Jacques Nienaber praises Siya Kolisi’s leadership after South Africa level series

Springboks captain admits he endured a tough week in the build-up to second Test

South Africa captain Siya Kolisi celebrates after tackling Robbie Henshaw to prevent a Lions try. Photograph: David Rogers/Getty Images

South Africa captain Siya Kolisi celebrates after tackling Robbie Henshaw to prevent a Lions try. Photograph: David Rogers/Getty Images

 

A relieved and eminently satisfied Springboks head coach Jacques Nienaber hailed his team and particularly his captain Siya Kolisi and his leadership, after levelling the series to set up a decider next Saturday.

Nienaber was also adamant that the match officials were correct in only brandishing Cheslin Kolbe with a yellow card for taking out Conor Murray in the air and toppling him head first to the ground.

“I thought it was the right call, a yellow card. They followed the process to a ‘T’.”

Nienaber also thanked the supporters who had congregated at their team hotel.

“The supporters were unbelievable. They were at our hotel from two o’clock. I’m getting goose bumps thinking of it. They were singing and cheering. I’m so happy they backed us.”

“Our leadership group was fantastic. I should give them my win bonus. I felt more of a facilitator than a coach.”

An emotional Siya Kolisi, the Springboks’ World Cup winning captain, said it was the hardest week of his career.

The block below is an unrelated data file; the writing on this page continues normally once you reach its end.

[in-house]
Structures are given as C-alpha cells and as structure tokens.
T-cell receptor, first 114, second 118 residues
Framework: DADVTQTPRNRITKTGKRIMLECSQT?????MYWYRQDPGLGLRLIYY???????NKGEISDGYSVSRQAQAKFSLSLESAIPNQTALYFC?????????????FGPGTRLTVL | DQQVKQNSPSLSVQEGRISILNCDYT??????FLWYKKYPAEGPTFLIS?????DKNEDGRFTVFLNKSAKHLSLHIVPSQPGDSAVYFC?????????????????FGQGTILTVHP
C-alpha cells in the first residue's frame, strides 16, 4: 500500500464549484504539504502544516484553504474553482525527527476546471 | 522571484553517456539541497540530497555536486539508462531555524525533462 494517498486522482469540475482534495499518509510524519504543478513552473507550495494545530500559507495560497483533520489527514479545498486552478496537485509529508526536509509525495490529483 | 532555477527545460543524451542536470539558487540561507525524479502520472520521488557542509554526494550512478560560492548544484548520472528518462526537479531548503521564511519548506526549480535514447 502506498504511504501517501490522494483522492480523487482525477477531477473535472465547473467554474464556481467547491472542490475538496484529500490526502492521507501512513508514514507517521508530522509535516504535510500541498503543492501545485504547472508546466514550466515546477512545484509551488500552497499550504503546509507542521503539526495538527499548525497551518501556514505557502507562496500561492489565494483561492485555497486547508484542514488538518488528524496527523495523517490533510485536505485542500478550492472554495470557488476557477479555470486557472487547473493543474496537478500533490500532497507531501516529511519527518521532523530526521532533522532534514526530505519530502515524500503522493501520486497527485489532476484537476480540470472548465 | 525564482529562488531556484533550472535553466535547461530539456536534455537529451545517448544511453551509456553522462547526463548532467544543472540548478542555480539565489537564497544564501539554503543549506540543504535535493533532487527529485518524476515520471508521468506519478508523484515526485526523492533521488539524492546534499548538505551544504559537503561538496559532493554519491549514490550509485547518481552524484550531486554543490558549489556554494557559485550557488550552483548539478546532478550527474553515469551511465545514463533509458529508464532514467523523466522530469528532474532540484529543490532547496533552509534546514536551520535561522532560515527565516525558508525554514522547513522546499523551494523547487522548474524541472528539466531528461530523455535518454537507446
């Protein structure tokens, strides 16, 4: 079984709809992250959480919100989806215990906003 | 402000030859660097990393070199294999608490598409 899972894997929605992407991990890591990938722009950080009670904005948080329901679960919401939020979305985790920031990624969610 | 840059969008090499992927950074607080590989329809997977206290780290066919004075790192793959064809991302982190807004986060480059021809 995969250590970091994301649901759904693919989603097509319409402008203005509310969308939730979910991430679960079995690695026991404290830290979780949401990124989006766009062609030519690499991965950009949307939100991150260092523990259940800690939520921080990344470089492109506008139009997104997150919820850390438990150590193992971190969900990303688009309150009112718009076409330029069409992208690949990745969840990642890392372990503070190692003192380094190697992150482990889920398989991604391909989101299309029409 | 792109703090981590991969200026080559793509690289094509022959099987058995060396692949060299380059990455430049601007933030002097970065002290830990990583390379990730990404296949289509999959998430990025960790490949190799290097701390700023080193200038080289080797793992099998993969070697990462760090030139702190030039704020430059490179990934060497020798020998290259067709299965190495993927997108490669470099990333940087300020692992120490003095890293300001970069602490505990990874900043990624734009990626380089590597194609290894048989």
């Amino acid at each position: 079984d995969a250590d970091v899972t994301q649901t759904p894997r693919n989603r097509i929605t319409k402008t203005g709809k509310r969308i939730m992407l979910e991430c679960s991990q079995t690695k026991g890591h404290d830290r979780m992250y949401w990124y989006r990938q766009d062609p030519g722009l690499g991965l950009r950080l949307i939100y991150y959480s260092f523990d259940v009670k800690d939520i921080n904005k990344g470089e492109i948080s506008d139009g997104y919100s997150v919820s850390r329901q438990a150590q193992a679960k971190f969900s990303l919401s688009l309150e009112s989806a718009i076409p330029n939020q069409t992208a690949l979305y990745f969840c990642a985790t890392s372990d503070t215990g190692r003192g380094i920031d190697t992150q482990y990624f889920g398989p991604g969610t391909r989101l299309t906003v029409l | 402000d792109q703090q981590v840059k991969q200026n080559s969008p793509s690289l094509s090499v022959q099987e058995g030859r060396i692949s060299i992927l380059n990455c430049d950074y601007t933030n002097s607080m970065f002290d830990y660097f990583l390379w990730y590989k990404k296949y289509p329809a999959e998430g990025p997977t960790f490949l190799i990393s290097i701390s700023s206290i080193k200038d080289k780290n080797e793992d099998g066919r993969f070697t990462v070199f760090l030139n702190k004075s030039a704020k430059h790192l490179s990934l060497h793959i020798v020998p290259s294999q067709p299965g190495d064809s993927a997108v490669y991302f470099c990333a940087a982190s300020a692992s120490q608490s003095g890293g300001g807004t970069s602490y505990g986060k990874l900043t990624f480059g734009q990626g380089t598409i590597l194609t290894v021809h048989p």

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“It has been a week and a half. Honestly, for me personally as a leader, it was the toughest week I ever had to face, with everything happening.

“Fortunately, Jacques and the coaches around made sure we focused on the things that we could fix. We know we made a lot of mistakes out there last week, especially with the maul and everything. We put all the focus on the game on what we could fix.

“Having our families [with us] to be honest, has been one of the things that has helped me a lot. Seeing my kids afterwards, a tough day at training, come home, and the wives and kids are waiting. It’s very special.

“It was huge. We knew what we didn’t do. It was same pressure we felt at the World Cup, but now it is a bit more because this only happens every 12 years.

“So, as a person and individual, we had to go back to what works for you. For me, I pray, I read my devotions. That’s how I handle my pressure.

“As a team, we go back to what we know with the systems, the structures of the team, working on fixes. Every individual looks at what you need to do.

“That’s what we went to because you can’t control everything, but what we can apply on the field, that’s what we focused on.”

On the day before the game unsurprisingly, Kolisi had backed the claim by Rassie Erasmus that the Australian referee Nic Berry had treated Alun Wyn Jones with much more respect.

“That is nothing personal, you know? I didn’t want to elaborate on it because I want to talk to the person about it.

“Today was better,” he added in reference to referee Ben O’Keeffe. “I went to Ben before, it was great working with him. He came to me afterwards and said ‘Thank you’. Mathieu [Raynal] as well, the ref for next week.”

Looking ahead to the series decider, Kolisi said: “It’s game on. We are going to go again. Nothing is different. We are just going to try and do what we did today even harder.”

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